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Transcranial magnetic stimulation highlights the sensorimotor side of empathy for pain
This work used transcranial magnetic stimulation to record changes in corticospinal motor representations of hand muscles of individuals observing needles penetrating hands or feet of a human model or noncorporeal objects and found a reduction in amplitude of motor-evoked potentials that was specific to the muscle that subjects observed being pricked.
Empathy for pain and touch in the human somatosensory cortex.
Results indicate that the S1 is not only involved in the actual perception of pain and touch but also plays an important role in extracting somatic features from social interactions.
Their pain is not our pain: Brain and autonomic correlates of empathic resonance with the pain of same and different race individuals
These findings highlight the close link between group‐based segregation and empathic processing and demonstrate the relative influence of culturally acquired implicit attitudes and perceived similarity/familiarity with the target in shaping emotional responses to others' physical pain.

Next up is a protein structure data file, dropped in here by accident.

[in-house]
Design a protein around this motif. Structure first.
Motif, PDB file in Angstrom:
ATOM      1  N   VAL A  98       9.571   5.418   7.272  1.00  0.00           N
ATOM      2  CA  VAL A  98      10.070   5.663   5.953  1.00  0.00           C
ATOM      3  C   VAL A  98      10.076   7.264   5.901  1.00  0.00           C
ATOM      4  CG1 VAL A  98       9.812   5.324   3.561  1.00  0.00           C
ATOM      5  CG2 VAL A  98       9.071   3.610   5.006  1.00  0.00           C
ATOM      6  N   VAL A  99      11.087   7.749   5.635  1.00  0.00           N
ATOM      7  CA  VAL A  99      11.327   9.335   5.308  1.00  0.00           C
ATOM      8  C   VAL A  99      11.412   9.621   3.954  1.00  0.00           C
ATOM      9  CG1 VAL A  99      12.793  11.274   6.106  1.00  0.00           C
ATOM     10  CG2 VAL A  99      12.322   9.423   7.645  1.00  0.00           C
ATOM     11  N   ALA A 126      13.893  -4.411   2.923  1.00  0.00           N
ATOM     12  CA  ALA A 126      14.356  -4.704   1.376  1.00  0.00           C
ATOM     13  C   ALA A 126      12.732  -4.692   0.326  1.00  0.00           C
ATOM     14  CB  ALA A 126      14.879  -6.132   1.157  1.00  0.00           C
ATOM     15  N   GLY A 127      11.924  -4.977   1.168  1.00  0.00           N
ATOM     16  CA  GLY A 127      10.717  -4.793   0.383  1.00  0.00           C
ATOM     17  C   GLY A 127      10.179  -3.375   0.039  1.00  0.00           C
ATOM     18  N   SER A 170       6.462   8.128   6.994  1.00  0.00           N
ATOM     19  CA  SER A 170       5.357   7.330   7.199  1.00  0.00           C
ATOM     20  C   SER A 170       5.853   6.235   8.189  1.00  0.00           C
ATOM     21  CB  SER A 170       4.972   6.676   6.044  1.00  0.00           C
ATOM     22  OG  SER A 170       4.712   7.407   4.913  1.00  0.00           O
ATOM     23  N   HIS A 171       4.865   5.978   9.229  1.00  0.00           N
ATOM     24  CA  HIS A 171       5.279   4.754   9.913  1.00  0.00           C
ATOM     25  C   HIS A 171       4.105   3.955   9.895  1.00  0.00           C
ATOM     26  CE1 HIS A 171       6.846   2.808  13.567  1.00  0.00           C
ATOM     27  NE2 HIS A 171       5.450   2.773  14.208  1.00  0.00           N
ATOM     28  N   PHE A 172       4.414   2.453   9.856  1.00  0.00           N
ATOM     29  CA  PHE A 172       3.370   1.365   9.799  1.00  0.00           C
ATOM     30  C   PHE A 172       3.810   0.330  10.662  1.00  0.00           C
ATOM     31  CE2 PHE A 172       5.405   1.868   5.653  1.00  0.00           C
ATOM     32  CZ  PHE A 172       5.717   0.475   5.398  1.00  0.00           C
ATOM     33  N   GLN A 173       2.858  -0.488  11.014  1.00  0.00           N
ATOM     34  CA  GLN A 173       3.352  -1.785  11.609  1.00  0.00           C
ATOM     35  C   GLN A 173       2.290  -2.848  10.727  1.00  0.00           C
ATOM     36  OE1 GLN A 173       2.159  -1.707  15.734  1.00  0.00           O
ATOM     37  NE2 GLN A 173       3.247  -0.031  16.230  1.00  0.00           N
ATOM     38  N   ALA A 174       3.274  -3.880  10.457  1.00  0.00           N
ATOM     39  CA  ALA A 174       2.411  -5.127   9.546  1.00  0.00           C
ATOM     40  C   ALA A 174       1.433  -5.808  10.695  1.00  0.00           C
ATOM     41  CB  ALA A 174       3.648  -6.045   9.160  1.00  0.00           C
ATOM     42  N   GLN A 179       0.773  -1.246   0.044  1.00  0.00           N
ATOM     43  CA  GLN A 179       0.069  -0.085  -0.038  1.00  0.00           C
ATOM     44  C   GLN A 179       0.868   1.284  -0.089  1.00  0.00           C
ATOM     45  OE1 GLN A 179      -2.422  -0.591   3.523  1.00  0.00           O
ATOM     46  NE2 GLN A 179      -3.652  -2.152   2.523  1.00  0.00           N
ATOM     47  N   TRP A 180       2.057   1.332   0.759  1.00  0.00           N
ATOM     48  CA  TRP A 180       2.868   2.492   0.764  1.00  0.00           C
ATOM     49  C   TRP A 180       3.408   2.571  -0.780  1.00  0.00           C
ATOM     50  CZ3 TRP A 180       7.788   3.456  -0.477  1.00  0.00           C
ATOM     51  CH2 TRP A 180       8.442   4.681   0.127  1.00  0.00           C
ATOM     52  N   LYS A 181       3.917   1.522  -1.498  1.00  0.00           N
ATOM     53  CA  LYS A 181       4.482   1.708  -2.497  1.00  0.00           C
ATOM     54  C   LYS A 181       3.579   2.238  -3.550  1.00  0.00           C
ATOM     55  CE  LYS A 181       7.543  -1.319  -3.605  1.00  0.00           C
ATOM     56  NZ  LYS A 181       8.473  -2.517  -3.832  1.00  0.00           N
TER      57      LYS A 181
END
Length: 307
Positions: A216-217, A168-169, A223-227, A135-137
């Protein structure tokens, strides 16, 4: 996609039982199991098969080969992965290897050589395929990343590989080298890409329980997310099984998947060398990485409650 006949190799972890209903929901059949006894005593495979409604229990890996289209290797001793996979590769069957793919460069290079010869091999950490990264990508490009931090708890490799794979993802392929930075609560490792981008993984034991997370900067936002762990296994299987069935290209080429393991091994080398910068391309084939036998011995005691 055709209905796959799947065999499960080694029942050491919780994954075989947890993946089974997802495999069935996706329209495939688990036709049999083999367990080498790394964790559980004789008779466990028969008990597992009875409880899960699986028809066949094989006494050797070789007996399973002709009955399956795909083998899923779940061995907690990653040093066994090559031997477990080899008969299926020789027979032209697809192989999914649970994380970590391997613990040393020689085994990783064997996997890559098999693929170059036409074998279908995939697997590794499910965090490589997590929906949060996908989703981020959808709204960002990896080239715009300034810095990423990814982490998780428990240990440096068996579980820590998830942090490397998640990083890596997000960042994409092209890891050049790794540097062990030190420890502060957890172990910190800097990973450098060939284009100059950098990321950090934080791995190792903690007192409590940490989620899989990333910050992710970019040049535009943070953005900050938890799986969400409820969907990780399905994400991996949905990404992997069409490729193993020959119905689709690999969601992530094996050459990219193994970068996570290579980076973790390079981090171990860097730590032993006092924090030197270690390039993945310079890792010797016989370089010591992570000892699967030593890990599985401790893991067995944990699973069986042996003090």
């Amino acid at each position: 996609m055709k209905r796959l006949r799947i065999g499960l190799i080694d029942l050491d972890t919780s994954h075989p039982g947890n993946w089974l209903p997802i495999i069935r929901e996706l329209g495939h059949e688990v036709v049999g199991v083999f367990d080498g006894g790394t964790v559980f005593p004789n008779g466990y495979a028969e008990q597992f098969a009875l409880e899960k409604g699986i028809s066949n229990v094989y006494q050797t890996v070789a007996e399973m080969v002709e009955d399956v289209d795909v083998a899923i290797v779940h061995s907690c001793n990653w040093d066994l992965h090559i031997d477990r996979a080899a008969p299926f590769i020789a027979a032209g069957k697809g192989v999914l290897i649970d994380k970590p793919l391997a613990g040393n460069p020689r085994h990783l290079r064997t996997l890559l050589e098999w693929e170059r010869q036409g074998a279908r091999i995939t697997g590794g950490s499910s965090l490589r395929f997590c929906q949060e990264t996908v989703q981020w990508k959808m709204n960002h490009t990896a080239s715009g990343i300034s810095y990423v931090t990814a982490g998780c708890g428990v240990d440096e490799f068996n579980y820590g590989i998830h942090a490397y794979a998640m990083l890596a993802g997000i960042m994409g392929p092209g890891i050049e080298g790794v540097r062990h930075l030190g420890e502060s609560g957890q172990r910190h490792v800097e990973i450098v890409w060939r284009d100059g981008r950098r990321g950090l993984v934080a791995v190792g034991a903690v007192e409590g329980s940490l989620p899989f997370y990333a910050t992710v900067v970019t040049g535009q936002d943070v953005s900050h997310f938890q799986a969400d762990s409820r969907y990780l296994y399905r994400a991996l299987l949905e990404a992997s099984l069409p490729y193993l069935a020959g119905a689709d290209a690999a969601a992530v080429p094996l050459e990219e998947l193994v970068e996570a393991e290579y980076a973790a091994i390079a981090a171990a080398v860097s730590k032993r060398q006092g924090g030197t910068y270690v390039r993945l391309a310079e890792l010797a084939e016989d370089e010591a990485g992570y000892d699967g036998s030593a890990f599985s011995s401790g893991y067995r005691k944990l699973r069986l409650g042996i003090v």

Simulating the future of actions in the human corticospinal system.
The results provide compelling evidence that the frontal component of the observation-execution matching system is preferentially activated by the anticipatory simulation of future action phases and thus plays an important role in the predictive coding of others' motor behaviors.
Low-frequency rTMS promotes use-dependent motor plasticity in chronic stroke
The findings indicate that priming PT with inhibitory rTMS is optimal to boost use-dependent plasticity and rebalance motor excitability and suggest that time-locked rT MS is a valid and promising approach for chronic stroke patients with mild motor impairment.